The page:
Partly blaming the health law, United Parcel Service is set to remove thousands of spouses from its medical plan because they are eligible for coverage elsewhere.
Many analysts downplay the Affordable Care Act's effect on companies such as UPS, noting that the move is part of a long-term trend of shrinking corporate medical benefits. But the shipping giant repeatedly cites the act to explain the decision, adding fuel to the debate over whether it erodes traditional employer coverage.
Rising medical costs, "combined with the costs associated with the Affordable Care Act, have made it increasingly difficult to continue providing the same level of health care benefits to our employees at an affordable cost," UPS said in a memo to employees.
The company told white-collar workers two months ago that 15,000 working spouses eligible for coverage at their own employers would be excluded from the UPS plan in 2014. The Fortune 100 firm expects the move, which applies to non-union U.S. workers only, to save about $60 million a year, said company spokesman Andy McGowan.
UPS becomes one of the highest-profile employers yet to bar working spouses from the company plan. Many firms already require employees to pay a surcharge for working-spouse medical coverage, but some are taking the next step by declining to include them at all, consultants say.
"They are simply saying to the spouse outright, 'If you have coverage somewhere else you are not eligible here,'" said Edward Fensholt, a senior vice president at Lockton Cos., a large insurance broker. "We don't see a lot of that out there, but more than we used to."
Gannett, the parent company of USA TODAY, is among the companies that charges extra to cover spouses who have an offer of insurance elsewhere.
This year 4% of large employers surveyed by consultants Towers Watson excluded spouses if they had similar coverage where they work. Another 8% planned such a change for 2014, according to the survey.
"When health care reform came on the scene a few years ago we definitely saw an uptick in companies wanting to explore a working-spouse provision," said Steve Noury, national sales director for HMS Employer Solutions, which monitors dependents' eligibility for corporate benefits. "We have seen (them) over the past two or three years putting those in place."
The health law requires large employers to cover employees and dependent children but not spouses or domestic partners.
Companies have increasingly employed various tactics to get spouses off their plans. The city of Anacortes, Wash., pays employees a bonus if spouses get coverage elsewhere, said human resources director Emily Schuh. This year Xerox went the opposite way, charging employees who enroll working spouses a $1,000 annual penalty, which rises to $1,500 next year, a spokesman said.
Now employers are mimicking the city of Richmond, Ind., which excluded working spouses from its health plan starting in January. Essentially, the problem was that too many people were taking them up on the offer of insurance.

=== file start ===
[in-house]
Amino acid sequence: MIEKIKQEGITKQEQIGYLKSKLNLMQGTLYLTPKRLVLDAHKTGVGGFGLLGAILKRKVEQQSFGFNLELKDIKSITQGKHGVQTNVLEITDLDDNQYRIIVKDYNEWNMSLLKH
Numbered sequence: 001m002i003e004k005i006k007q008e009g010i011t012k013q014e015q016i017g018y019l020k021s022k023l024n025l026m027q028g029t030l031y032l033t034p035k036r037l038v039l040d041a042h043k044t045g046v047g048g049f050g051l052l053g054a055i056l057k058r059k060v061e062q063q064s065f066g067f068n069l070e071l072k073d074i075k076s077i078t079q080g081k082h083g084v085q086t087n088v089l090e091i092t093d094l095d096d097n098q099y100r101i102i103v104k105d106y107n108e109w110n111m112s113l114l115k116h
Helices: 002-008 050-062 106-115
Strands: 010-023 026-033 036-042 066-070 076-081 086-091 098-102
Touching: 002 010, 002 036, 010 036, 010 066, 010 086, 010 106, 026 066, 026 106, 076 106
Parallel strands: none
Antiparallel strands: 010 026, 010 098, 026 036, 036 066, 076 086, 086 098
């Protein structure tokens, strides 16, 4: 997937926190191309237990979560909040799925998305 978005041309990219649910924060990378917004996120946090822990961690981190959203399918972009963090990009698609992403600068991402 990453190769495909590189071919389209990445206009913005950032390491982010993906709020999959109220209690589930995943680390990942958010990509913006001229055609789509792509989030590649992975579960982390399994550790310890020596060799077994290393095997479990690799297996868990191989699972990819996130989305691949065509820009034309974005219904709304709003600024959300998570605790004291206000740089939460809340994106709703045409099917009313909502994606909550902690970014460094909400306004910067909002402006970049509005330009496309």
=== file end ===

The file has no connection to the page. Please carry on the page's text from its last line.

"We have all these (employers) around us who are not covering working spouses," said Richmond human resources director Sue Roberson. "You almost have to do it out of self-defense."
The new plan at UPS, which earned $807 million last year on revenue of $54.1 billion, affects about a quarter of its U.S. workforce.
To explain the switch, UPS gave workers a memo, obtained by KHN, that repeatedly mentions the health act.
While acknowledging that overall health spending continues to rise, the company also blamed cost increases on the Affordable Care Act's research fee (initially $1 per health plan member, then rising to $2) and a temporary fee of $63 per member to stabilize new online marketplaces for consumers buying directly from insurers.
Other factors are the act's ban on annual and lifetime coverage limits and its requirement to cover dependent children up to age 26, UPS said. The law's mandate for individuals to obtain coverage will nudge employees who previously opted out to enroll, also raising costs, the company said.
The health law is "one of the reasons that UPS is implementing the changes," McGowan said.
Advocates of the law argue that its costs are minimal compared with the burden of overall medical-insurance inflation, which the ACA was designed in part to control.
"The notion that those are going to be make-or-break when they are otherwise absorbing 7 to 10% a year [in broader health-cost increases] is kind of ridiculous," said Jonathan Gruber, an MIT economist who advised the Obama administration on health policy. "Nobody expected the ACA to have a major effect on health costs for large firms."
The non-partisan Congressional Budget Office projected in 2009 that the law's effect on premiums for large employers would be negligible.
Consultants point to another health law effect, however, that could also give employers a reason to dump spouses. Excluding wives might help keep companies from paying the "Cadillac tax" on high-value plans that takes effect in 2018, analysts said.
Also, women in their childbearing years "are a cost driver," said Julie Stone, a senior benefits consultant at Towers Watson. "If you have female spouses and you decide not to cover them, you're going to bring costs down."
The Obama administration would not respond directly to UPS' statements but said that employer coverage increased when Massachusetts implemented its own version of the health overhaul.
"The health care law will make health insurance more affordable, strengthen small businesses and make it easier for employers to provide coverage to their workers," said Joanne Peters, spokeswoman for the Department of Health and Human Services.